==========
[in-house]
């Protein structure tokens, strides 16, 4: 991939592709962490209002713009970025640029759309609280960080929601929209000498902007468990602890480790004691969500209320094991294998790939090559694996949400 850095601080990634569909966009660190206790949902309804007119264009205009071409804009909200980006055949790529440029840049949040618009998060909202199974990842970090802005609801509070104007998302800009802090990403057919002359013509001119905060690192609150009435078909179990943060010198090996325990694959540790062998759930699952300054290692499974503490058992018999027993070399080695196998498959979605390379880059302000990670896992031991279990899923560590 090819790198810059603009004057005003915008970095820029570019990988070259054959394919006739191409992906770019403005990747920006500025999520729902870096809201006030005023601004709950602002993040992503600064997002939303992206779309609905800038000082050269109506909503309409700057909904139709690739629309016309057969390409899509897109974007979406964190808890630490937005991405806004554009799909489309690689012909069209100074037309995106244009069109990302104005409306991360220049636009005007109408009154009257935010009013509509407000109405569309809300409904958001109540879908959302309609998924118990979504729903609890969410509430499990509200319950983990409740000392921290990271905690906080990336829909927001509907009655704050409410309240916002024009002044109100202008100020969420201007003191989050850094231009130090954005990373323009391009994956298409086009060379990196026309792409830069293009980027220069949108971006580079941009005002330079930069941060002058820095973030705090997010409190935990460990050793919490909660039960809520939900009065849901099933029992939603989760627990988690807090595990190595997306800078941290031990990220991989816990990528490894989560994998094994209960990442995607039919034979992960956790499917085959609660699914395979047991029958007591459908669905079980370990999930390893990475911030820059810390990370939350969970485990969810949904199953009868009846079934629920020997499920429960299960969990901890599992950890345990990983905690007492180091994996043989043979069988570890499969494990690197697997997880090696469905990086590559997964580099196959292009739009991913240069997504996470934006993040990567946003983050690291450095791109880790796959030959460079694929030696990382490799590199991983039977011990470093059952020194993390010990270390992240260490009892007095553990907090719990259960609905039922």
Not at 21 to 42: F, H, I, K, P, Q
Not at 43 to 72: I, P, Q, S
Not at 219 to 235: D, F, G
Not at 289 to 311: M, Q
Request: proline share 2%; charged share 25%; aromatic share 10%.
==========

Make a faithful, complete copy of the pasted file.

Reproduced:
[in-house]
């Protein structure tokens, strides 16, 4: 991939592709962490209002713009970025640029759309609280960080929601929209000498902007468990602890480790004691969500209320094991294998790939090559694996949400 850095601080990634569909966009660190206790949902309804007119264009205009071409804009909200980006055949790529440029840049949040618009998060909202199974990842970090802005609801509070104007998302800009802090990403057919002359013509001119905060690192609150009435078909179990943060010198090996325990694959540790062998759930699952300054290692499974503490058992018999027993070399080695196998498959979605390379880059302000990670896992031991279990899923560590 090819790198810059603009004057005003915008970095820029570019990988070259054959394919006739191409992906770019403005990747920006500025999520729902870096809201006030005023601004709950602002993040992503600064997002939303992206779309609905800038000082050269109506909503309409700057909904139709690739629309016309057969390409899509897109974007979406964190808890630490937005991405806004554009799909489309690689012909069209100074037309995106244009069109990302104005409306991360220049636009005007109408009154009257935010009013509509407000109405569309809300409904958001109540879908959302309609998924118990979504729903609890969410509430499990509200319950983990409740000392921290990271905690906080990336829909927001509907009655704050409410309240916002024009002044109100202008100020969420201007003191989050850094231009130090954005990373323009391009994956298409086009060379990196026309792409830069293009980027220069949108971006580079941009005002330079930069941060002058820095973030705090997010409190935990460990050793919490909660039960809520939900009065849901099933029992939603989760627990988690807090595990190595997306800078941290031990990220991989816990990528490894989560994998094994209960990442995607039919034979992960956790499917085959609660699914395979047991029958007591459908669905079980370990999930390893990475911030820059810390990370939350969970485990969810949904199953009868009846079934629920020997499920429960299960969990901890599992950890345990990983905690007492180091994996043989043979069988570890499969494990690197697997997880090696469905990086590559997964580099196959292009739009991913240069997504996470934006993040990567946003983050690291450095791109880790796959030959460079694929030696990382490799590199991983039977011990470093059952020194993390010990270390992240260490009892007095553990907090719990259960609905039922």
Not at 21 to 42: F, H, I, K, P, Q
Not at 43 to 72: I, P, Q, S
Not at 219 to 235: D, F, G
Not at 289 to 311: M, Q
Request: proline share 2%; charged share 25%; aromatic share 10%.